Apple settles IPAD trademark dispute in China:
Check out my post from earlier this week for more on this.

The Nexus 7 continues to get good press:
The New York Times writes that the Nexus 7 could be a game-changer and give the iPad a run for its money.

iPad Mini and retooled “new iPad” on the way?
Maybe Apple really has some tricks up its sleeve, or maybe the Nexus 7′s imminent release and rumors of a Kindle Fire 2 have stirred the rumor pot, but this week brought more reports of a smaller “iPad Mini” and a retooled “new iPad” with a new display and thinner casing. According to the reports, both devices could release this year. I guess anything is possible, but I think Apple is pretty consistent with the devices it releases and when it releases them, so I would be surprised if either of these devices come out this year.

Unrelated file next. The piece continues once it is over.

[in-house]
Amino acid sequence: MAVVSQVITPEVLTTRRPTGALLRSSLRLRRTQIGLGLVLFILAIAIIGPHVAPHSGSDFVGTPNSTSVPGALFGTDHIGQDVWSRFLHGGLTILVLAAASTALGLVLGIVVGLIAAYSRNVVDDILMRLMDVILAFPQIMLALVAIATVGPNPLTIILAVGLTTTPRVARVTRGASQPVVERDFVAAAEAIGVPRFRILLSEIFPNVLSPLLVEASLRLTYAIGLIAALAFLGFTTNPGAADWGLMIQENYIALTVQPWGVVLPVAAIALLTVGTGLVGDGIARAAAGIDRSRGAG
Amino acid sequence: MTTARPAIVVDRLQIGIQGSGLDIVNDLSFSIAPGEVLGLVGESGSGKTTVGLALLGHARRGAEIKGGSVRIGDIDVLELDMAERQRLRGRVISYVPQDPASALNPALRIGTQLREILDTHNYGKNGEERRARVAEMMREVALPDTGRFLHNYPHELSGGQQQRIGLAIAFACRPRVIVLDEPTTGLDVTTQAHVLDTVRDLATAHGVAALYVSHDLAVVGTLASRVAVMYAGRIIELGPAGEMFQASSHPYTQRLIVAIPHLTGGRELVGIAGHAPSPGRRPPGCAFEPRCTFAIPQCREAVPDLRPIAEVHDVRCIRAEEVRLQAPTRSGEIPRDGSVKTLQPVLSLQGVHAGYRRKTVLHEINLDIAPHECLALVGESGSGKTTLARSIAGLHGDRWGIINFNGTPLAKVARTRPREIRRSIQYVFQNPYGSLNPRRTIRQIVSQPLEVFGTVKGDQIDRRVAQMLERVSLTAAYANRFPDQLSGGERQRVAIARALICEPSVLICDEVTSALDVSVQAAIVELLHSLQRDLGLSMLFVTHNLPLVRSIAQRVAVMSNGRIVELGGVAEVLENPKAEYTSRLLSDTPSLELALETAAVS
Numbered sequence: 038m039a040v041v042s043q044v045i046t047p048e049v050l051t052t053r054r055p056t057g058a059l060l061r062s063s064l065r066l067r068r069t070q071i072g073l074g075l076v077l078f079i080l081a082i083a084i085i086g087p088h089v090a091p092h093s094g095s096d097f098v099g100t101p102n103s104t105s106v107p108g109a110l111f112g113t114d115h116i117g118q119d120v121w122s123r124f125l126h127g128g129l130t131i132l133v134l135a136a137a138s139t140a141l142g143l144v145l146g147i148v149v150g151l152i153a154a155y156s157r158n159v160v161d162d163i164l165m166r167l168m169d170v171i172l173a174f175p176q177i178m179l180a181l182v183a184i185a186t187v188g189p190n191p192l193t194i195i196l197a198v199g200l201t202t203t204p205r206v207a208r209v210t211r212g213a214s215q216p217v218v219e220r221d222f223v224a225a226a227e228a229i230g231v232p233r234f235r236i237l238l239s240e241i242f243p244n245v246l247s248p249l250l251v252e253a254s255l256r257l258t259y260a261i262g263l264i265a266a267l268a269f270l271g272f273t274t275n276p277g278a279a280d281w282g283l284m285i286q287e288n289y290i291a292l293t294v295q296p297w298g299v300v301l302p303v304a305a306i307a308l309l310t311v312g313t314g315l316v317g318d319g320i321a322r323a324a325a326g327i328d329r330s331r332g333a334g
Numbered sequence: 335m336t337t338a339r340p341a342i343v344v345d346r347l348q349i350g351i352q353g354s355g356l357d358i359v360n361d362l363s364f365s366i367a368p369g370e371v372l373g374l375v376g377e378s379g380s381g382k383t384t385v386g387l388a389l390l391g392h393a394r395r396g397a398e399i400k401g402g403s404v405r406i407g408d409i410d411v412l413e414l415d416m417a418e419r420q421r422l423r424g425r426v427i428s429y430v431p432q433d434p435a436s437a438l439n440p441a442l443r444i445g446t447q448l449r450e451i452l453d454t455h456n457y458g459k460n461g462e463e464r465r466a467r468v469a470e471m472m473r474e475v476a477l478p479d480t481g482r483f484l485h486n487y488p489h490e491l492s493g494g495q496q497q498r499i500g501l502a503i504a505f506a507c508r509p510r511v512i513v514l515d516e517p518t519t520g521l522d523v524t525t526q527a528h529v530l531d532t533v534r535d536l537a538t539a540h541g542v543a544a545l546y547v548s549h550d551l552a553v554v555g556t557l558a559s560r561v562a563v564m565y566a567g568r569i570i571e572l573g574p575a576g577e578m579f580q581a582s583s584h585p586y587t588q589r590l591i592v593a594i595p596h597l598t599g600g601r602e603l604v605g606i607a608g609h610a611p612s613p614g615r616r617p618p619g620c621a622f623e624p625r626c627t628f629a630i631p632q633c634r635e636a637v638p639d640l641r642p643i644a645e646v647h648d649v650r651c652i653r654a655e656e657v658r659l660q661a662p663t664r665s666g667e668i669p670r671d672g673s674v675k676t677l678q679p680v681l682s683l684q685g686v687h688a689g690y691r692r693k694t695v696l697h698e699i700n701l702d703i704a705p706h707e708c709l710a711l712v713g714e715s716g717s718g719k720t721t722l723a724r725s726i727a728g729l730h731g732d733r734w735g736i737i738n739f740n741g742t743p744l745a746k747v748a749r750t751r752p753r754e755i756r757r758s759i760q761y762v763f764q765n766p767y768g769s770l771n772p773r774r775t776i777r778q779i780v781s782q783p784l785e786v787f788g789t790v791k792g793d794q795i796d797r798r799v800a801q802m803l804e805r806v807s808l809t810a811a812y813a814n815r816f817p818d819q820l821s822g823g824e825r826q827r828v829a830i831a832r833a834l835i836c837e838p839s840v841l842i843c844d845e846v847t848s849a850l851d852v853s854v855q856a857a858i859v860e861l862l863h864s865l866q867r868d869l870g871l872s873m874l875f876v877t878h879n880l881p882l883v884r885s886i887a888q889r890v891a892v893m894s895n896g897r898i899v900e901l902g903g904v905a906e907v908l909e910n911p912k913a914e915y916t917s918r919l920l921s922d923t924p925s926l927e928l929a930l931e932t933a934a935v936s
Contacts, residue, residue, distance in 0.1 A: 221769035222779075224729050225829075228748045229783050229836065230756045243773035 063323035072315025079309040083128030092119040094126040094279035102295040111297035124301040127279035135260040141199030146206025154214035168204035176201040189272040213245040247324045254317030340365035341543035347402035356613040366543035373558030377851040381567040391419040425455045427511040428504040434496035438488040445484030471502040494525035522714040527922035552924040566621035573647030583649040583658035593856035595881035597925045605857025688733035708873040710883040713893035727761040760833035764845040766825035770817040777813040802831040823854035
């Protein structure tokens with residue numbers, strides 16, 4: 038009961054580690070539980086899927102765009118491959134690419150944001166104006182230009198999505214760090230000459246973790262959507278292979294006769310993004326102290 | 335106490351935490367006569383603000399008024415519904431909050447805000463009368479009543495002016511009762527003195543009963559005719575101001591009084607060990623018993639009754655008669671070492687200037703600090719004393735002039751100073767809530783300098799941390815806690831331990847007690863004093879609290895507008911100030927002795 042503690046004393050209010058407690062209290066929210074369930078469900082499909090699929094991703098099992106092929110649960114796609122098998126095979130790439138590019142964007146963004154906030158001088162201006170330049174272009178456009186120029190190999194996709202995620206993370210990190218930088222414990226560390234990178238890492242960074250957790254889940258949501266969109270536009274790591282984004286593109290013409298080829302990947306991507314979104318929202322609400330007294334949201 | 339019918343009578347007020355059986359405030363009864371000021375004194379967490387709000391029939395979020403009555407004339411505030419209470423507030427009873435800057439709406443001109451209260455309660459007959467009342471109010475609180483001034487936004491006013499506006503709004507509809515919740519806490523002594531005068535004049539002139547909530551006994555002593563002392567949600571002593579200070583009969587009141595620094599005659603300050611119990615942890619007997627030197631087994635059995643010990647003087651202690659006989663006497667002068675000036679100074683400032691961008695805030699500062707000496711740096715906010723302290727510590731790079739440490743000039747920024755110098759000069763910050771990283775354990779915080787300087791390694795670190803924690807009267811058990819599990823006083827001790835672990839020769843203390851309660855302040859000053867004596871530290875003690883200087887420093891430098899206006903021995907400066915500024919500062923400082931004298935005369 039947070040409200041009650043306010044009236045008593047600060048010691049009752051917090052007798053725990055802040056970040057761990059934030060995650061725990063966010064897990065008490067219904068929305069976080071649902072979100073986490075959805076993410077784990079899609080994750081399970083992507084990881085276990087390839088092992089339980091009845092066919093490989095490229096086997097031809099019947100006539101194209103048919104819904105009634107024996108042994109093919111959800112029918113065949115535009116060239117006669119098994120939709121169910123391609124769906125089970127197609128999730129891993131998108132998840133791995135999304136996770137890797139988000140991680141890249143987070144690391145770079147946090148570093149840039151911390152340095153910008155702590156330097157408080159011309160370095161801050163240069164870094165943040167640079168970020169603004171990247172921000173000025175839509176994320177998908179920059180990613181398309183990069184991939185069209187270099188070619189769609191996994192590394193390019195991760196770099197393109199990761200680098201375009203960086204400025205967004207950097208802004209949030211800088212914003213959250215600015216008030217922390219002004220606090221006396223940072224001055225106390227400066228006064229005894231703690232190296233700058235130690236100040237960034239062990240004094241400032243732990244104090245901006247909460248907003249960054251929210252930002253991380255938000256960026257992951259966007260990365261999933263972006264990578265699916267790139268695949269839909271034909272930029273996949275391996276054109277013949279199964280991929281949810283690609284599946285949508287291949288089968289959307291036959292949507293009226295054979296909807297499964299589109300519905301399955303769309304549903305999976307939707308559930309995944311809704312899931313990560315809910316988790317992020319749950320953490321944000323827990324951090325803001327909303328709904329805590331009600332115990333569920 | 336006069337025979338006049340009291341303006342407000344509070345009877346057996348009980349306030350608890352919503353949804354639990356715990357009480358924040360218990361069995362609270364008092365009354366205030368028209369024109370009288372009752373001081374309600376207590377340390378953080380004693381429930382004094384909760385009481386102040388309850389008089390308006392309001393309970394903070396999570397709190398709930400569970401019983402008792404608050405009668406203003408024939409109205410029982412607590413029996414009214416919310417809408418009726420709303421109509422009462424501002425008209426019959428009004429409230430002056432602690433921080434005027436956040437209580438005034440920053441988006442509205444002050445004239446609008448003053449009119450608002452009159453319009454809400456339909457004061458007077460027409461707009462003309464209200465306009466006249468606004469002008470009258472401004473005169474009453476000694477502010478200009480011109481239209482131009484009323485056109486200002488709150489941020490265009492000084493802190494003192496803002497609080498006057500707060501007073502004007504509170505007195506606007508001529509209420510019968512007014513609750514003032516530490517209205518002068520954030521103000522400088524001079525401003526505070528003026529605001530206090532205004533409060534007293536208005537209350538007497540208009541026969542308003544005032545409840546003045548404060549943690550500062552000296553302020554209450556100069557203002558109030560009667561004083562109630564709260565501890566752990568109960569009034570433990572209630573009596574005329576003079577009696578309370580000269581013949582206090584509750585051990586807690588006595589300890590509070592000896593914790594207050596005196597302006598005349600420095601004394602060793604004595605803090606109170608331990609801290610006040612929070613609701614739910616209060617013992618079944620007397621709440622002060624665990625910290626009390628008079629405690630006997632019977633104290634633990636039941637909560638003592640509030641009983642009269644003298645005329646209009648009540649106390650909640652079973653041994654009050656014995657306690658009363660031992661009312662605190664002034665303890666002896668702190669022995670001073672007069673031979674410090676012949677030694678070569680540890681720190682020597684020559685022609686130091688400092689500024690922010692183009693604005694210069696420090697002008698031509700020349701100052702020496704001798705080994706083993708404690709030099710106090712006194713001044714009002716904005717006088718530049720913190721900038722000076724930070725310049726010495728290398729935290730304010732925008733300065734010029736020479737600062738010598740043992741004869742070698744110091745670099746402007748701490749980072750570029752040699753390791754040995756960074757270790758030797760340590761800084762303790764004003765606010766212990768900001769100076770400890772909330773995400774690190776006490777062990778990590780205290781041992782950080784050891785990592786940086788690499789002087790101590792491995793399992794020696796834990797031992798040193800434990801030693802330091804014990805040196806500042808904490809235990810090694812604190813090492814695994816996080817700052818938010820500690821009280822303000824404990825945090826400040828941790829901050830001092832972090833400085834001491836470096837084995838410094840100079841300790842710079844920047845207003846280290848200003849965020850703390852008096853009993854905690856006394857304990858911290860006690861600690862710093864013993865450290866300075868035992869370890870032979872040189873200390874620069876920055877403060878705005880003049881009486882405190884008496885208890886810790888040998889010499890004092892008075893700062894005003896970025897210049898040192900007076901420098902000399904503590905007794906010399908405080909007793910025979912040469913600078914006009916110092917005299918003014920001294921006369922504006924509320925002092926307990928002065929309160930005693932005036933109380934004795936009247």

Two lighter stories:
Walmart is running a promotion for Energy Sheets, which is a Listerine Strips-like product with caffeine, where it will send Energy Sheets spokesman/rapper Pitbull to whatever US Walmart location gets the most new “likes” on Facebook. Two guys with either a good sense of humor, good taste in music, or both, started an #ExilePitbull campaign to send Pitbull to the most remote Walmart in the country – on Kodiak Island off Alaska. So far the Kodiak Walmart page has over 67,000 “likes,” more than 11 times the Kodiak Island population.